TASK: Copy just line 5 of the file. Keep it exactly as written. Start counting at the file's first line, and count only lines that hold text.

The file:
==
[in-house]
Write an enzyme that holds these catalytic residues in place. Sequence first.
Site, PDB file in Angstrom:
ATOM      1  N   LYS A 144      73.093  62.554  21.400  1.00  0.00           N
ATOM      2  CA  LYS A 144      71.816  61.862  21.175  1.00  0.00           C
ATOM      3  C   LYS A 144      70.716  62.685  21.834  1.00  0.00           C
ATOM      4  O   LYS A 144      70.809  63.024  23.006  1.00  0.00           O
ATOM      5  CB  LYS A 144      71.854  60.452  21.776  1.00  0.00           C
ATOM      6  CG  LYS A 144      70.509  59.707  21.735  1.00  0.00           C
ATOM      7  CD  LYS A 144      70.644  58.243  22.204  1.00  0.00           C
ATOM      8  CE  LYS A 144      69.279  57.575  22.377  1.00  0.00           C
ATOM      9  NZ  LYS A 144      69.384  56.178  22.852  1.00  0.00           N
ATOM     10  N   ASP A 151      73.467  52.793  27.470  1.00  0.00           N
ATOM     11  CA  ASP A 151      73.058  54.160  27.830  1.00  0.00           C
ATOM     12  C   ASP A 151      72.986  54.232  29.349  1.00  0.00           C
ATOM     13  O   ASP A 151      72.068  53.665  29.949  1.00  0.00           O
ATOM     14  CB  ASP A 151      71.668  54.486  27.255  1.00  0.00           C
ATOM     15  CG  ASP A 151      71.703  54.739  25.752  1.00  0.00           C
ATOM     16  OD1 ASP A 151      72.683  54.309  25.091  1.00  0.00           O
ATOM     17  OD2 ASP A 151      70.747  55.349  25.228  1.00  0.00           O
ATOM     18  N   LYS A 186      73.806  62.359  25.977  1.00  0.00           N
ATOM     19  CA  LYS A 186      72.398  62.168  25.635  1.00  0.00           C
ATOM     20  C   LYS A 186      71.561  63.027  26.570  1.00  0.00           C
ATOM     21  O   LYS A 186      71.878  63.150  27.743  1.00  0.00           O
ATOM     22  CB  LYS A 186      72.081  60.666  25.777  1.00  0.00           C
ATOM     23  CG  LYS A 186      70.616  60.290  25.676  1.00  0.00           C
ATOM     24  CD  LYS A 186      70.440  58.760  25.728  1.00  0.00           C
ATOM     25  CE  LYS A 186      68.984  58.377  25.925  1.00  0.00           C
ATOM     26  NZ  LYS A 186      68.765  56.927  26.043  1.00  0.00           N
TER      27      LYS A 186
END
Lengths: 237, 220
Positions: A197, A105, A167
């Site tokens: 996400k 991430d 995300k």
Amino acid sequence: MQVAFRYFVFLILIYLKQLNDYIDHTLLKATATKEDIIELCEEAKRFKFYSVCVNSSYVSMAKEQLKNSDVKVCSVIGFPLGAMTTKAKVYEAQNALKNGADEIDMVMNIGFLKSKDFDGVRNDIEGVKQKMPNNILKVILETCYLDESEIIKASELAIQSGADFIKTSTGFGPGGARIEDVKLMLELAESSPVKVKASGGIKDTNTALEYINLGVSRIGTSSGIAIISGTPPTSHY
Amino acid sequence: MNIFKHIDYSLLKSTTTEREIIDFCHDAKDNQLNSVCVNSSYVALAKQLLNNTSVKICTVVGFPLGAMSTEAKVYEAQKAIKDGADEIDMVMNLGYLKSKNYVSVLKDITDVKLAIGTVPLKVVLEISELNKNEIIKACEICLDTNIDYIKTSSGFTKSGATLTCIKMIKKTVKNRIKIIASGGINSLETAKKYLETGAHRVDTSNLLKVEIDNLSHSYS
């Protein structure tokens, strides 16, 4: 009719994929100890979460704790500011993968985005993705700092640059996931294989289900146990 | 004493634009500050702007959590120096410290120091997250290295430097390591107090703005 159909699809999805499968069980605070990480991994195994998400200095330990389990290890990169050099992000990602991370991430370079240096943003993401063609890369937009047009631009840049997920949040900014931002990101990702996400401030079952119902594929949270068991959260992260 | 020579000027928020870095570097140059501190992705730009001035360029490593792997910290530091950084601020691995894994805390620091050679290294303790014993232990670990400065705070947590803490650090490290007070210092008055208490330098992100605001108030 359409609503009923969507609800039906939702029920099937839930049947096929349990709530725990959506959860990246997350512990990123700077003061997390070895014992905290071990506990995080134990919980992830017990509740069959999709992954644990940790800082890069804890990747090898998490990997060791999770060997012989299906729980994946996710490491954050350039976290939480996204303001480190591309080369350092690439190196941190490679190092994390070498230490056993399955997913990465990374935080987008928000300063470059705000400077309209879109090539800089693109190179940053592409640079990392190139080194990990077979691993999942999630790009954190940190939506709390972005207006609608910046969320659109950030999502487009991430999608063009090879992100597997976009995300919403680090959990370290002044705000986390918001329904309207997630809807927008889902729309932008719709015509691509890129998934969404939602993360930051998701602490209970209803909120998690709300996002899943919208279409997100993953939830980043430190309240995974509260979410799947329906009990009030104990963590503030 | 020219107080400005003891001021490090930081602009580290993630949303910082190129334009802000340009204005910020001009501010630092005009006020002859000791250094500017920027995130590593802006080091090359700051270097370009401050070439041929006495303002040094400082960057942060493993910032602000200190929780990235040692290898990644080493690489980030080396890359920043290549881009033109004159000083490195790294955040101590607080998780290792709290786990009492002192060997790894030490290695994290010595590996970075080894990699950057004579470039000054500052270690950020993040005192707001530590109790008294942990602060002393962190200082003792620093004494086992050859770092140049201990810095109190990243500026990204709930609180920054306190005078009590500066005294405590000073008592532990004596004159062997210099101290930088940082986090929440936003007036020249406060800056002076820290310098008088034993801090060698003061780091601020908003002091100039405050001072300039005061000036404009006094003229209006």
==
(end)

ATOM      2  CA  LYS A 144      71.816  61.862  21.175  1.00  0.00           C